"The purpose in requiring that appellant's brief contain a separate and particular statement of each point relied upon intended to be urged, is to point out to the appellate court the specific ruling or action of the trial court which is challenged as erroneous and to limit the presentation in the appellate court to the matters in the specifications as stated in the brief."

See, also: New York Casualty Co. v. Young Men's Christian Ass'n., 8 Cir., 119 F.2d 387; American Insurance Co. v. Scheufler, 8 Cir., 129 F.2d 143; E. R. Squibb & Son v. Mallinckrodt Chemical Works, 8 Cir., 69 F.2d 685; Hard & Rand v. Biston Coffee Co., 8 Cir., 41 F.2d 625; Butler v. United States, 8 Cir., 108 F.2d 27; City of Goldfield v. Roger, 8 Cir., 249 F. 39.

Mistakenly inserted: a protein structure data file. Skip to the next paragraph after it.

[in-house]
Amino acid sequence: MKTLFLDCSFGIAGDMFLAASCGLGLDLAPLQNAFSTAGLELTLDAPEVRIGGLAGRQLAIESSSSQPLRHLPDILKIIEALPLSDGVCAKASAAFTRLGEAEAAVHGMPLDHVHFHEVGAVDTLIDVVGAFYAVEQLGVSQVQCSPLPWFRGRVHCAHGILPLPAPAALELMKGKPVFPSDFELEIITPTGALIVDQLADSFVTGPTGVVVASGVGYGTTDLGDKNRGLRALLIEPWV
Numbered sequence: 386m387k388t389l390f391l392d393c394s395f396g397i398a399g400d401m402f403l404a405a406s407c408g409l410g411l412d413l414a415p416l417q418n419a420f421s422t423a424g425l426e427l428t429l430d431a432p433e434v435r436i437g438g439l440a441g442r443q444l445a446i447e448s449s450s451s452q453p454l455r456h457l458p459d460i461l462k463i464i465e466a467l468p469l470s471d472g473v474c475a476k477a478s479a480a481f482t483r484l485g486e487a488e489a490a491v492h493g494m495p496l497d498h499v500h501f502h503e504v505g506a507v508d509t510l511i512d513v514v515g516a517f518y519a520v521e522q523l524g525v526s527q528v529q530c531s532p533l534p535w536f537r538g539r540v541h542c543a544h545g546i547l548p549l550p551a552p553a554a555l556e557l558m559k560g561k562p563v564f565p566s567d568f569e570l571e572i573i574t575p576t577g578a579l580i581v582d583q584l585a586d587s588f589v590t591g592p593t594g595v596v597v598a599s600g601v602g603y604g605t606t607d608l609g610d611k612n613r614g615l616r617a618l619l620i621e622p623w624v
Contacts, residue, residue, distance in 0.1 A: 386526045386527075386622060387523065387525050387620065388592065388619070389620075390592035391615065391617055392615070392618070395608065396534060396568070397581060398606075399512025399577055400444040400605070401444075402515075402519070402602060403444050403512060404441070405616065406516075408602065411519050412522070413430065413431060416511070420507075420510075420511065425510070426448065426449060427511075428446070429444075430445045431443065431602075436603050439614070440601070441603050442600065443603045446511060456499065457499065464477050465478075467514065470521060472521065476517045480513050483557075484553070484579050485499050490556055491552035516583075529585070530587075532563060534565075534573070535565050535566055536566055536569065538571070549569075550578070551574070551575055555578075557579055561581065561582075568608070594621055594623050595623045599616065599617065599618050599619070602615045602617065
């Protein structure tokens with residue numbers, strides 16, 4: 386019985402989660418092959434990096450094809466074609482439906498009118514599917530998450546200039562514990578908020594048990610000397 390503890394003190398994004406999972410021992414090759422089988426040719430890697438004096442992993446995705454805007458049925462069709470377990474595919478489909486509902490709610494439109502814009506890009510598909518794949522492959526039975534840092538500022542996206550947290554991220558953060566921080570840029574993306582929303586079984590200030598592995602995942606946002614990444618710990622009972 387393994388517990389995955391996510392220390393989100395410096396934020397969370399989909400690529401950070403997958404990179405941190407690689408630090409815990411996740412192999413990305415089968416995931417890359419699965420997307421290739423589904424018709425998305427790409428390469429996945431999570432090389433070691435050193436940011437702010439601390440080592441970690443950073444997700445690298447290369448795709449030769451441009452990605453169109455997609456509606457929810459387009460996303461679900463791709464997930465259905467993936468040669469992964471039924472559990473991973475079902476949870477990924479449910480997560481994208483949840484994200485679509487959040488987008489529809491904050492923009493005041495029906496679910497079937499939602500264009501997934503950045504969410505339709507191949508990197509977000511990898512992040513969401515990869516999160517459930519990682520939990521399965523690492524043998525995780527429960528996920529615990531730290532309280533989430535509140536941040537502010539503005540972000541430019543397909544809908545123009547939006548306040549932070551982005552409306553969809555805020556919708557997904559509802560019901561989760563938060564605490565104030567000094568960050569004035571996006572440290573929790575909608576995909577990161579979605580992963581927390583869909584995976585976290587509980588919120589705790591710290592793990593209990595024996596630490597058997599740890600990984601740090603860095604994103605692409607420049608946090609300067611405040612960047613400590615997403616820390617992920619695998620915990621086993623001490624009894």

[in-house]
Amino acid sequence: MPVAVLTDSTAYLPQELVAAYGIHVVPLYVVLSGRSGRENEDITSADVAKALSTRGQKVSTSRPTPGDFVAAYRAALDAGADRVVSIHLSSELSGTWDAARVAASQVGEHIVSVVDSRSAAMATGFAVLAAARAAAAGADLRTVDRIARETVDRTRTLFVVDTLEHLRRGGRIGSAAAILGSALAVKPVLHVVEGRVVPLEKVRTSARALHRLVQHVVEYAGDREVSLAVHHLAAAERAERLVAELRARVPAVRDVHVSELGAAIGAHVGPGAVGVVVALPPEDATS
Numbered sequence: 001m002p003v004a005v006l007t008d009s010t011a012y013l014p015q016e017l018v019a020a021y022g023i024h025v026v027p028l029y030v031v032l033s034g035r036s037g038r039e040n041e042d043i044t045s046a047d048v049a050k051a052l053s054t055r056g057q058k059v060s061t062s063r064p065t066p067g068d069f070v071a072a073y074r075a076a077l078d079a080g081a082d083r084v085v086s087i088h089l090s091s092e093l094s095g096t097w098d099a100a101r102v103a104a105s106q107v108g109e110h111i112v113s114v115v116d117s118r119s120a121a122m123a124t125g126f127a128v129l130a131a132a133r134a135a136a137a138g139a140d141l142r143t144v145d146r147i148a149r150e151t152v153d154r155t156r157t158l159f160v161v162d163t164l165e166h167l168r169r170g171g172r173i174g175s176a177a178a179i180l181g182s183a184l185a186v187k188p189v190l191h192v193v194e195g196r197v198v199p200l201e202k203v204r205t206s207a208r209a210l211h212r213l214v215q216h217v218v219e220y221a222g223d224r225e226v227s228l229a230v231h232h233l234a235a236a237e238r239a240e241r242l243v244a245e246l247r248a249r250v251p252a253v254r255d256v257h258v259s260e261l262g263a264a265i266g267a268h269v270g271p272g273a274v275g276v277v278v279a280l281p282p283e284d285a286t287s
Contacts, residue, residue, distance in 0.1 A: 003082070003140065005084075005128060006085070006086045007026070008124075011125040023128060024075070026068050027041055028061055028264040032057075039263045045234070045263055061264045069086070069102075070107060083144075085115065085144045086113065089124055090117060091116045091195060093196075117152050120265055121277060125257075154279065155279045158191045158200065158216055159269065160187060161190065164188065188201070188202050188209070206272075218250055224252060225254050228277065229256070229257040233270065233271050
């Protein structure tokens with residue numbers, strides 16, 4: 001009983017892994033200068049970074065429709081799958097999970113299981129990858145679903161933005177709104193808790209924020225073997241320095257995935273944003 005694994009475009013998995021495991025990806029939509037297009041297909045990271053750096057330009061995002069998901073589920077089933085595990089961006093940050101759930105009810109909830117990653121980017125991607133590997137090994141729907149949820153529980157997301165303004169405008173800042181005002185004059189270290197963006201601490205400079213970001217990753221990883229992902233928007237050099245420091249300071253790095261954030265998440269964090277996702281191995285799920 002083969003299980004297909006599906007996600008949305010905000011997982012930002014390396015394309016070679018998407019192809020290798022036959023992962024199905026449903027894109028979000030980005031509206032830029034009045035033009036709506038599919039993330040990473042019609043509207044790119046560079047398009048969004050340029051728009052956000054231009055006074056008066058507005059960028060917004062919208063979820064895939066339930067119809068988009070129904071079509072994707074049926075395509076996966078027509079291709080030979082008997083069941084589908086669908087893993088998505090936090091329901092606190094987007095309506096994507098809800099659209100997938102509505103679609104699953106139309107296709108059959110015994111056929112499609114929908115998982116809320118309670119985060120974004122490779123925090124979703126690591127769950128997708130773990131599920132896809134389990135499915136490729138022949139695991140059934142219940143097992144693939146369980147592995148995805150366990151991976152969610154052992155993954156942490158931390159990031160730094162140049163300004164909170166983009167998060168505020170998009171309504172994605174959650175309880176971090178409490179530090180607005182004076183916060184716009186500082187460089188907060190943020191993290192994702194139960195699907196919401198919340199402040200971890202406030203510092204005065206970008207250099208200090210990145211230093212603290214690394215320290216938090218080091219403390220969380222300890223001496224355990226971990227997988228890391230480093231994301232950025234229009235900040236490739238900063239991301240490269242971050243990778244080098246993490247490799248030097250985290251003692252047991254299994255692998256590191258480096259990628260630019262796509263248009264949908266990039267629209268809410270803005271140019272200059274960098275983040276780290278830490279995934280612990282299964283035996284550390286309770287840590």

As the findings are presumed to be correct and as they unchallenged sustain the judgment of dismissal we should be warranted in affirming the judgment. In a second motion, however, defendant moves to dismiss the appeal on the ground that the case has become moot by virtue of the Executive Order of the President of the United States issued on November 12, 1946, annulling all price control regulations issued under the Emergency Price Control Act of 1942 except those covering the commodities of sugar, rice and rent. As has been observed, the complaint separately stated two causes of action, one for the recovery of damages, and the other for an injunction. We have held that these are distinct causes of action. Woodbury v. Porter, 8 Cir., 158 F.2d 194. In the instant case, by agreement of the parties, the injunction case alone was tried, and based upon this agreement the court ordered that the second count of the complaint by which treble damages were sought should be held in abeyance. An examination of the record discloses that no evidence was introduced in support of the claim for damages so that at the close of the case as tried the only relief which plaintiff, if his contentions were sustained, was entitled to was a permanent injunction. On appeal therefore the injunction case only was brought to this court.